Ramadan in the Land of the Rising Sun
Issue 94 July 2012
Ramadan transcends across multiple cultures, but Islam is still very new to Japan. Ali Khimji discovers indigenous Japanese converts who are at the forefront of creating an authentic Japanese Islamic experience.
Muslims are often found talking about Ramadan as their favourite time of the year, for a whole host of different reasons, but what makes Ramadan so unique to Islam is how a universal practice can be experienced in many different ways across the globe. All Muslims are required to do the same things: abstain from food and drink during daylight, and increase their God-consciousness. But the environment in which you observe Ramadan can have a massive influence. If you’re in an Arab country, then it could be slightly easier since everyone around you is fasting. But if you live in a country with not many Muslims, then Ramadan may be somewhat harder.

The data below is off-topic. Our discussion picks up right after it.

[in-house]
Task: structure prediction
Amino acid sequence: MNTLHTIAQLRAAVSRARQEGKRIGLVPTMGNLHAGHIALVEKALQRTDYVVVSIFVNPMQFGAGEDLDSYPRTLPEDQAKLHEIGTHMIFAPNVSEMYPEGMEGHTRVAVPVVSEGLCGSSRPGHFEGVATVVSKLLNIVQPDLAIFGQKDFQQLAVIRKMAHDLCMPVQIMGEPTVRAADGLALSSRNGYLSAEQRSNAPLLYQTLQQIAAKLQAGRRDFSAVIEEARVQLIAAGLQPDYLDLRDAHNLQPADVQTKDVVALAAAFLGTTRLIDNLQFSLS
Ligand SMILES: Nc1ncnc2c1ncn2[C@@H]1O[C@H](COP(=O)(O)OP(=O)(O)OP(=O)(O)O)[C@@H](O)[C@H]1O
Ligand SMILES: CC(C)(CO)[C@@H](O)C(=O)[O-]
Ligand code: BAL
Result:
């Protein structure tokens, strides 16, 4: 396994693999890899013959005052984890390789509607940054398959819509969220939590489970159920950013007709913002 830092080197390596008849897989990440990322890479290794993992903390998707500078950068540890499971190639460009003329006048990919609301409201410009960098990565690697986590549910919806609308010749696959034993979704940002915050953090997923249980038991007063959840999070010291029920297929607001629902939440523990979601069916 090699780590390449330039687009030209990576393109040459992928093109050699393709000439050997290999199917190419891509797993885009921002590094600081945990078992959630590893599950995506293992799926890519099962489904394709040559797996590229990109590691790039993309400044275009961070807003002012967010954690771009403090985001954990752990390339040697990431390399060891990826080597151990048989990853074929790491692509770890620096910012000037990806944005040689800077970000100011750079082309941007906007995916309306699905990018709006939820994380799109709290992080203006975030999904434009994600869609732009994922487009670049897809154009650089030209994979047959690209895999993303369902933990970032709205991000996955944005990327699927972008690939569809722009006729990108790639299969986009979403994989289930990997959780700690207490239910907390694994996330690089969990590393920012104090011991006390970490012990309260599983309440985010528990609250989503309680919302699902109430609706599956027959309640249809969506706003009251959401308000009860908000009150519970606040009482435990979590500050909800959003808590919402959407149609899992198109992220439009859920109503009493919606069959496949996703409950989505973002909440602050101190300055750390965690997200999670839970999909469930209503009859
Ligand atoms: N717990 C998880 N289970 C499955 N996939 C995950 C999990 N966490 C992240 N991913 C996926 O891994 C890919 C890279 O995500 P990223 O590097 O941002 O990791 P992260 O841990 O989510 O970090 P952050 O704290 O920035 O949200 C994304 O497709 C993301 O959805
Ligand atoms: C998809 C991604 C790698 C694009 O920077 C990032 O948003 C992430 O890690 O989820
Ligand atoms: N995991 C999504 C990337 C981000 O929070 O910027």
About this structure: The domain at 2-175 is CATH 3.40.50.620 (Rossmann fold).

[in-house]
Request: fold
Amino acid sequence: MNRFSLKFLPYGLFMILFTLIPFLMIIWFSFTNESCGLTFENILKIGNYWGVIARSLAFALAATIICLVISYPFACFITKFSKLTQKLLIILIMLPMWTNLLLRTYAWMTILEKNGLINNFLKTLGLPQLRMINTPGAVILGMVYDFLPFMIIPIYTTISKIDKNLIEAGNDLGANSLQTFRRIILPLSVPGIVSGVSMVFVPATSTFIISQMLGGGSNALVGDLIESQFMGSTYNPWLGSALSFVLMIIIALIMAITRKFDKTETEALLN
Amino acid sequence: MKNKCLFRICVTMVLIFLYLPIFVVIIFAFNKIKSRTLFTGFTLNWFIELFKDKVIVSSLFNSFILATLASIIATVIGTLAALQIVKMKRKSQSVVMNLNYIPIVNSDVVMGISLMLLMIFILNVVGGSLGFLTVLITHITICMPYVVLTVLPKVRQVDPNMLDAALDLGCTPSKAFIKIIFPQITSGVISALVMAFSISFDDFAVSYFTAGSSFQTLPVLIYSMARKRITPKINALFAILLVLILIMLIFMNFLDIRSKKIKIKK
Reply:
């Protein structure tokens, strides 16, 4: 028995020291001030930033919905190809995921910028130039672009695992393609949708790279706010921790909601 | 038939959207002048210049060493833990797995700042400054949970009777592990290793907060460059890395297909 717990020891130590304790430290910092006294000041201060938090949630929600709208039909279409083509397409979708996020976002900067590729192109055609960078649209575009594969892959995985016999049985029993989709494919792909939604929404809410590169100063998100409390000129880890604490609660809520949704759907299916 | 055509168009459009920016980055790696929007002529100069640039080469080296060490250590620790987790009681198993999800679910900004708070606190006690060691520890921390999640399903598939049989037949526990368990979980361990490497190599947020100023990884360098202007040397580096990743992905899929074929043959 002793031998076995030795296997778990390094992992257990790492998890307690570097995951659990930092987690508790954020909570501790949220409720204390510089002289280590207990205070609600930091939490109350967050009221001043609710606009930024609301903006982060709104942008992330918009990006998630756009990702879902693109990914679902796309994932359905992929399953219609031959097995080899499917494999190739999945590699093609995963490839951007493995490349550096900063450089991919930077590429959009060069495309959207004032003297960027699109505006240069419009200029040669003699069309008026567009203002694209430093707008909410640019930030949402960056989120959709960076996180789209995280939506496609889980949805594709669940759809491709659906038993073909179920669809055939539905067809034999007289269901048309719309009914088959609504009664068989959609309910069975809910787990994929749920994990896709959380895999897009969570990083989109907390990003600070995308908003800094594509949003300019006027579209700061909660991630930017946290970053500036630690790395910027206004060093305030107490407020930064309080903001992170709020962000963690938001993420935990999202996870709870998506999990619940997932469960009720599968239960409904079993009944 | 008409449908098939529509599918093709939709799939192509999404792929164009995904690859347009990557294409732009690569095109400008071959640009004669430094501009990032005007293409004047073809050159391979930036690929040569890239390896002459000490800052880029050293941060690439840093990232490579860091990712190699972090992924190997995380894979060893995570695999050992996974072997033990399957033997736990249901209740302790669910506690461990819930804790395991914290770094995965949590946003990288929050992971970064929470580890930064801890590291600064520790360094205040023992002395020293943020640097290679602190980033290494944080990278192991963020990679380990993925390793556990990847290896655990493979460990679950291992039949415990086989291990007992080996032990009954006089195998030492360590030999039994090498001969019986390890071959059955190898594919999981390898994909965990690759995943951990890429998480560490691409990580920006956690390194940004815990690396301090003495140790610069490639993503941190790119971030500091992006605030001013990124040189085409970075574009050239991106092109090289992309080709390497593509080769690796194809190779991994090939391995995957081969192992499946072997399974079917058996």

Take Japan for example. With a Muslim population of 100,000 against a total population of 127 million, this is one country where Muslims are certainly in the minority. But then again, this can be advantageous to the Japanese Muslims. “Muslims being the super minority makes Ramadan unique in Japan, I suppose,” says Shaykh Abu Hakeem Ahmed Maeno, a native of Japan who embraced Islam at the age of 18. “It becomes totally up to you make Ramadan fruitful, because there is almost no environmental support from your surroundings to help to make you feel the month of Ramadan.”
For Shaykh Maeno there are not many traditions for Ramadan which stem directly from Japanese culture, but feels that there is no harm in adopting such customs. “Ideas could be shared like eating mocha (rice cake) for iftar or at Eid gatherings, and wearing a kimono (Japanese traditional clothing) at happy Eid gatherings.”